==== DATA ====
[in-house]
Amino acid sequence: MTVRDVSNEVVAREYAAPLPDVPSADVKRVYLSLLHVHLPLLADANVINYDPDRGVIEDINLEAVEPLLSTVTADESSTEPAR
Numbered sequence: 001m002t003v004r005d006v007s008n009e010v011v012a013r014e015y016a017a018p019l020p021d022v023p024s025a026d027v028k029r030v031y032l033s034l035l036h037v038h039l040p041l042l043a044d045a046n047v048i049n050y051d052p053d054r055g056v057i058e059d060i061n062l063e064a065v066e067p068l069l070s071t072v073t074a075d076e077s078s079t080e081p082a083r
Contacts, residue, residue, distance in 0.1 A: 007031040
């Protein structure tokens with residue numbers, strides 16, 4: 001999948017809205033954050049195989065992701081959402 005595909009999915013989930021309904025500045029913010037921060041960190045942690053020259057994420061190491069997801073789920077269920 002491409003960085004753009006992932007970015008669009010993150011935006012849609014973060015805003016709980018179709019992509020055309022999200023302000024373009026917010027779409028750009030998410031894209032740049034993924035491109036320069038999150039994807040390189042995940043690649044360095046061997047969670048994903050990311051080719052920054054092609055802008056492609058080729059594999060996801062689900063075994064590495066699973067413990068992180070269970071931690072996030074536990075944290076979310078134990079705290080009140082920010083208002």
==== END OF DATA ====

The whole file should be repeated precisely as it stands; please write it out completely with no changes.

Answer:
[in-house]
Amino acid sequence: MTVRDVSNEVVAREYAAPLPDVPSADVKRVYLSLLHVHLPLLADANVINYDPDRGVIEDINLEAVEPLLSTVTADESSTEPAR
Numbered sequence: 001m002t003v004r005d006v007s008n009e010v011v012a013r014e015y016a017a018p019l020p021d022v023p024s025a026d027v028k029r030v031y032l033s034l035l036h037v038h039l040p041l042l043a044d045a046n047v048i049n050y051d052p053d054r055g056v057i058e059d060i061n062l063e064a065v066e067p068l069l070s071t072v073t074a075d076e077s078s079t080e081p082a083r
Contacts, residue, residue, distance in 0.1 A: 007031040
């Protein structure tokens with residue numbers, strides 16, 4: 001999948017809205033954050049195989065992701081959402 005595909009999915013989930021309904025500045029913010037921060041960190045942690053020259057994420061190491069997801073789920077269920 002491409003960085004753009006992932007970015008669009010993150011935006012849609014973060015805003016709980018179709019992509020055309022999200023302000024373009026917010027779409028750009030998410031894209032740049034993924035491109036320069038999150039994807040390189042995940043690649044360095046061997047969670048994903050990311051080719052920054054092609055802008056492609058080729059594999060996801062689900063075994064590495066699973067413990068992180070269970071931690072996030074536990075944290076979310078134990079705290080009140082920010083208002």